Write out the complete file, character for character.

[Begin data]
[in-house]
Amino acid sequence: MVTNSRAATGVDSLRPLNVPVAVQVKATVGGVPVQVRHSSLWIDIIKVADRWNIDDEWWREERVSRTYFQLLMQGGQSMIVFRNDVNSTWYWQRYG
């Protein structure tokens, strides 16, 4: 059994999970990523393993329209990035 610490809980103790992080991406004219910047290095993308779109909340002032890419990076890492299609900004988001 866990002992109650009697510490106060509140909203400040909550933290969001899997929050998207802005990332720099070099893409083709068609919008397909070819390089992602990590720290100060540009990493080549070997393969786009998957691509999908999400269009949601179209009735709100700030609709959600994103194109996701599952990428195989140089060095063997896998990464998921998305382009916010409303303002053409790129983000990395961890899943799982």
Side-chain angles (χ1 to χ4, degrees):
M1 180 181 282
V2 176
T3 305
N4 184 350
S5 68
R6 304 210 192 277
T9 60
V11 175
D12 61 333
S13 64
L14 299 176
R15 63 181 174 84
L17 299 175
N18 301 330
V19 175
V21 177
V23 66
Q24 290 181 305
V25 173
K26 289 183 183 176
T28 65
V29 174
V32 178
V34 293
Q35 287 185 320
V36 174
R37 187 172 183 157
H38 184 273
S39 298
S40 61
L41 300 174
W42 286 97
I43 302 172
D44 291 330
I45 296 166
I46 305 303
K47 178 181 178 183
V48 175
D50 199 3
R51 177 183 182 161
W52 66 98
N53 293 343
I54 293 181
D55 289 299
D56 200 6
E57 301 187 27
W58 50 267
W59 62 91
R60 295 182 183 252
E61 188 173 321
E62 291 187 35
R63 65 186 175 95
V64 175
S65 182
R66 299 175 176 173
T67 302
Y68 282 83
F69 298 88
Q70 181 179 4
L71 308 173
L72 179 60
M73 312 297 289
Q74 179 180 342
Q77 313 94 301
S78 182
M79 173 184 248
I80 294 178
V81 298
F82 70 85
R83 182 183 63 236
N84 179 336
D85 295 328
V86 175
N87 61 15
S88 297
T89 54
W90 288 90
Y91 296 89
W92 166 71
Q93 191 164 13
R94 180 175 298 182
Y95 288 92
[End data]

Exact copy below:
[in-house]
Amino acid sequence: MVTNSRAATGVDSLRPLNVPVAVQVKATVGGVPVQVRHSSLWIDIIKVADRWNIDDEWWREERVSRTYFQLLMQGGQSMIVFRNDVNSTWYWQRYG
């Protein structure tokens, strides 16, 4: 059994999970990523393993329209990035 610490809980103790992080991406004219910047290095993308779109909340002032890419990076890492299609900004988001 866990002992109650009697510490106060509140909203400040909550933290969001899997929050998207802005990332720099070099893409083709068609919008397909070819390089992602990590720290100060540009990493080549070997393969786009998957691509999908999400269009949601179209009735709100700030609709959600994103194109996701599952990428195989140089060095063997896998990464998921998305382009916010409303303002053409790129983000990395961890899943799982």
Side-chain angles (χ1 to χ4, degrees):
M1 180 181 282
V2 176
T3 305
N4 184 350
S5 68
R6 304 210 192 277
T9 60
V11 175
D12 61 333
S13 64
L14 299 176
R15 63 181 174 84
L17 299 175
N18 301 330
V19 175
V21 177
V23 66
Q24 290 181 305
V25 173
K26 289 183 183 176
T28 65
V29 174
V32 178
V34 293
Q35 287 185 320
V36 174
R37 187 172 183 157
H38 184 273
S39 298
S40 61
L41 300 174
W42 286 97
I43 302 172
D44 291 330
I45 296 166
I46 305 303
K47 178 181 178 183
V48 175
D50 199 3
R51 177 183 182 161
W52 66 98
N53 293 343
I54 293 181
D55 289 299
D56 200 6
E57 301 187 27
W58 50 267
W59 62 91
R60 295 182 183 252
E61 188 173 321
E62 291 187 35
R63 65 186 175 95
V64 175
S65 182
R66 299 175 176 173
T67 302
Y68 282 83
F69 298 88
Q70 181 179 4
L71 308 173
L72 179 60
M73 312 297 289
Q74 179 180 342
Q77 313 94 301
S78 182
M79 173 184 248
I80 294 178
V81 298
F82 70 85
R83 182 183 63 236
N84 179 336
D85 295 328
V86 175
N87 61 15
S88 297
T89 54
W90 288 90
Y91 296 89
W92 166 71
Q93 191 164 13
R94 180 175 298 182
Y95 288 92